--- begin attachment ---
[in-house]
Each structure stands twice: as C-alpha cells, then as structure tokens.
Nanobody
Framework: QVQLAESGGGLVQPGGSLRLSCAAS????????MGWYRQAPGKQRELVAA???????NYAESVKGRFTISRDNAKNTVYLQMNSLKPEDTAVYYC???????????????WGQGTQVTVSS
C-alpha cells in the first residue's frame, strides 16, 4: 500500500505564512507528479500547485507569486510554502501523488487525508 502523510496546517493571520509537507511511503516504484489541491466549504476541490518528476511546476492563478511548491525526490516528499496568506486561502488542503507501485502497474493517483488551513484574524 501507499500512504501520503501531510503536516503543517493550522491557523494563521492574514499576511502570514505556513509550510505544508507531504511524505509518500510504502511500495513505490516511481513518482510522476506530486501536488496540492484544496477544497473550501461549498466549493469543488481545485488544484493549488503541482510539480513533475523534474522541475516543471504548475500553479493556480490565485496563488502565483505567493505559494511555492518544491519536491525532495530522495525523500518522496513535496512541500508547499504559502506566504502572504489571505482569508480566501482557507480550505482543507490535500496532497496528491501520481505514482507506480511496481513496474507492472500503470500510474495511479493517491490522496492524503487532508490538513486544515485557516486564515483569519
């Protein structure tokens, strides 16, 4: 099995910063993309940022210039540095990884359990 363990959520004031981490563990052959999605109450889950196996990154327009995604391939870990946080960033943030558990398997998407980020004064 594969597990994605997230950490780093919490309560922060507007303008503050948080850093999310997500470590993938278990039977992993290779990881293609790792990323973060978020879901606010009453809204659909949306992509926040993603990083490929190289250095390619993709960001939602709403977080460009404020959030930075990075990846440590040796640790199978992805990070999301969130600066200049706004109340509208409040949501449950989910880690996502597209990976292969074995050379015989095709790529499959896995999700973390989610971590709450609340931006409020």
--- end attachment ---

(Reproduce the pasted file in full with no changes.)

[in-house]
Each structure stands twice: as C-alpha cells, then as structure tokens.
Nanobody
Framework: QVQLAESGGGLVQPGGSLRLSCAAS????????MGWYRQAPGKQRELVAA???????NYAESVKGRFTISRDNAKNTVYLQMNSLKPEDTAVYYC???????????????WGQGTQVTVSS
C-alpha cells in the first residue's frame, strides 16, 4: 500500500505564512507528479500547485507569486510554502501523488487525508 502523510496546517493571520509537507511511503516504484489541491466549504476541490518528476511546476492563478511548491525526490516528499496568506486561502488542503507501485502497474493517483488551513484574524 501507499500512504501520503501531510503536516503543517493550522491557523494563521492574514499576511502570514505556513509550510505544508507531504511524505509518500510504502511500495513505490516511481513518482510522476506530486501536488496540492484544496477544497473550501461549498466549493469543488481545485488544484493549488503541482510539480513533475523534474522541475516543471504548475500553479493556480490565485496563488502565483505567493505559494511555492518544491519536491525532495530522495525523500518522496513535496512541500508547499504559502506566504502572504489571505482569508480566501482557507480550505482543507490535500496532497496528491501520481505514482507506480511496481513496474507492472500503470500510474495511479493517491490522496492524503487532508490538513486544515485557516486564515483569519
């Protein structure tokens, strides 16, 4: 099995910063993309940022210039540095990884359990 363990959520004031981490563990052959999605109450889950196996990154327009995604391939870990946080960033943030558990398997998407980020004064 594969597990994605997230950490780093919490309560922060507007303008503050948080850093999310997500470590993938278990039977992993290779990881293609790792990323973060978020879901606010009453809204659909949306992509926040993603990083490929190289250095390619993709960001939602709403977080460009404020959030930075990075990846440590040796640790199978992805990070999301969130600066200049706004109340509208409040949501449950989910880690996502597209990976292969074995050379015989095709790529499959896995999700973390989610971590709450609340931006409020």